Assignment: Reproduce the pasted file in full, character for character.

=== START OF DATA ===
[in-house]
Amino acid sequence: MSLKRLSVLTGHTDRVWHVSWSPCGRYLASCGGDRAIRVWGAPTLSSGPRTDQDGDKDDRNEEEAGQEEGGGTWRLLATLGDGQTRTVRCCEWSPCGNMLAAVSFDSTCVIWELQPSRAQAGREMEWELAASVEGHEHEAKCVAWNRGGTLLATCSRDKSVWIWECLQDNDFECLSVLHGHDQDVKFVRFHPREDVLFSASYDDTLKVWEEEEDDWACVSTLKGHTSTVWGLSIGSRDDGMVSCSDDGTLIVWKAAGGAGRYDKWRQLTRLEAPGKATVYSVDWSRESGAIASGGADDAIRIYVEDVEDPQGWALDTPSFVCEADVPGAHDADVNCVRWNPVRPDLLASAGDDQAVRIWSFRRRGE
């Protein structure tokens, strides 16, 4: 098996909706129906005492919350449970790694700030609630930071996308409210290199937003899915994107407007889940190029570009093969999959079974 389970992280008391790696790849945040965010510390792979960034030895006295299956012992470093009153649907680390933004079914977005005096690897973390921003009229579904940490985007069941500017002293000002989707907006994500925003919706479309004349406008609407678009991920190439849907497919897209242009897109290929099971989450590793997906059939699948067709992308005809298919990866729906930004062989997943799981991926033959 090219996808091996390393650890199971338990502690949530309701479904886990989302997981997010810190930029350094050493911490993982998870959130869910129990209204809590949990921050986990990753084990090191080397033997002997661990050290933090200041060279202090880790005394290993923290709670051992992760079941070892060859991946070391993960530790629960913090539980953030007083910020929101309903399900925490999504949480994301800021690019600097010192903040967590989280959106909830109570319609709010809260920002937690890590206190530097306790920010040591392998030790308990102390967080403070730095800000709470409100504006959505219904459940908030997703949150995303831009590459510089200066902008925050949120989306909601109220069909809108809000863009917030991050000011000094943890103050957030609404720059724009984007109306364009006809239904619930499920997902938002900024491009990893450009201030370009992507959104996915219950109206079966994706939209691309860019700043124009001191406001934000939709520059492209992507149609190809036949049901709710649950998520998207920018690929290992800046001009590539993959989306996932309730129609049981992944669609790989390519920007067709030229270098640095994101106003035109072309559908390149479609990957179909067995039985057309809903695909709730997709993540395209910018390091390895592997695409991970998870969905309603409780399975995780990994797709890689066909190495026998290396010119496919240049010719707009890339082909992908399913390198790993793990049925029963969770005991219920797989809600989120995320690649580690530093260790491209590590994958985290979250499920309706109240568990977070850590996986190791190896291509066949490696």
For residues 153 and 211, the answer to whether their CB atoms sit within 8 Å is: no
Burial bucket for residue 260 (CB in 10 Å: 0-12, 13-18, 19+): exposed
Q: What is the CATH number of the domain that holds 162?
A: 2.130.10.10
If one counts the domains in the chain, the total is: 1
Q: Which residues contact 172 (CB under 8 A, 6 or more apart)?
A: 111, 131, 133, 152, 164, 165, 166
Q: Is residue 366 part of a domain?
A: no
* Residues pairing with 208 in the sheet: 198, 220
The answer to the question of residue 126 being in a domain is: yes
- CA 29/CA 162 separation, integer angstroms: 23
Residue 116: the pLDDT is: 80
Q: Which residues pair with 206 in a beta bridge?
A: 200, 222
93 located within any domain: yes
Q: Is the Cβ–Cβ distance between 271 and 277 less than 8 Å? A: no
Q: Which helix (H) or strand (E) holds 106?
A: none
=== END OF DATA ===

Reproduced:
[in-house]
Amino acid sequence: MSLKRLSVLTGHTDRVWHVSWSPCGRYLASCGGDRAIRVWGAPTLSSGPRTDQDGDKDDRNEEEAGQEEGGGTWRLLATLGDGQTRTVRCCEWSPCGNMLAAVSFDSTCVIWELQPSRAQAGREMEWELAASVEGHEHEAKCVAWNRGGTLLATCSRDKSVWIWECLQDNDFECLSVLHGHDQDVKFVRFHPREDVLFSASYDDTLKVWEEEEDDWACVSTLKGHTSTVWGLSIGSRDDGMVSCSDDGTLIVWKAAGGAGRYDKWRQLTRLEAPGKATVYSVDWSRESGAIASGGADDAIRIYVEDVEDPQGWALDTPSFVCEADVPGAHDADVNCVRWNPVRPDLLASAGDDQAVRIWSFRRRGE
């Protein structure tokens, strides 16, 4: 098996909706129906005492919350449970790694700030609630930071996308409210290199937003899915994107407007889940190029570009093969999959079974 389970992280008391790696790849945040965010510390792979960034030895006295299956012992470093009153649907680390933004079914977005005096690897973390921003009229579904940490985007069941500017002293000002989707907006994500925003919706479309004349406008609407678009991920190439849907497919897209242009897109290929099971989450590793997906059939699948067709992308005809298919990866729906930004062989997943799981991926033959 090219996808091996390393650890199971338990502690949530309701479904886990989302997981997010810190930029350094050493911490993982998870959130869910129990209204809590949990921050986990990753084990090191080397033997002997661990050290933090200041060279202090880790005394290993923290709670051992992760079941070892060859991946070391993960530790629960913090539980953030007083910020929101309903399900925490999504949480994301800021690019600097010192903040967590989280959106909830109570319609709010809260920002937690890590206190530097306790920010040591392998030790308990102390967080403070730095800000709470409100504006959505219904459940908030997703949150995303831009590459510089200066902008925050949120989306909601109220069909809108809000863009917030991050000011000094943890103050957030609404720059724009984007109306364009006809239904619930499920997902938002900024491009990893450009201030370009992507959104996915219950109206079966994706939209691309860019700043124009001191406001934000939709520059492209992507149609190809036949049901709710649950998520998207920018690929290992800046001009590539993959989306996932309730129609049981992944669609790989390519920007067709030229270098640095994101106003035109072309559908390149479609990957179909067995039985057309809903695909709730997709993540395209910018390091390895592997695409991970998870969905309603409780399975995780990994797709890689066909190495026998290396010119496919240049010719707009890339082909992908399913390198790993793990049925029963969770005991219920797989809600989120995320690649580690530093260790491209590590994958985290979250499920309706109240568990977070850590996986190791190896291509066949490696």
For residues 153 and 211, the answer to whether their CB atoms sit within 8 Å is: no
Burial bucket for residue 260 (CB in 10 Å: 0-12, 13-18, 19+): exposed
Q: What is the CATH number of the domain that holds 162?
A: 2.130.10.10
If one counts the domains in the chain, the total is: 1
Q: Which residues contact 172 (CB under 8 A, 6 or more apart)?
A: 111, 131, 133, 152, 164, 165, 166
Q: Is residue 366 part of a domain?
A: no
* Residues pairing with 208 in the sheet: 198, 220
The answer to the question of residue 126 being in a domain is: yes
- CA 29/CA 162 separation, integer angstroms: 23
Residue 116: the pLDDT is: 80
Q: Which residues pair with 206 in a beta bridge?
A: 200, 222
93 located within any domain: yes
Q: Is the Cβ–Cβ distance between 271 and 277 less than 8 Å? A: no
Q: Which helix (H) or strand (E) holds 106?
A: none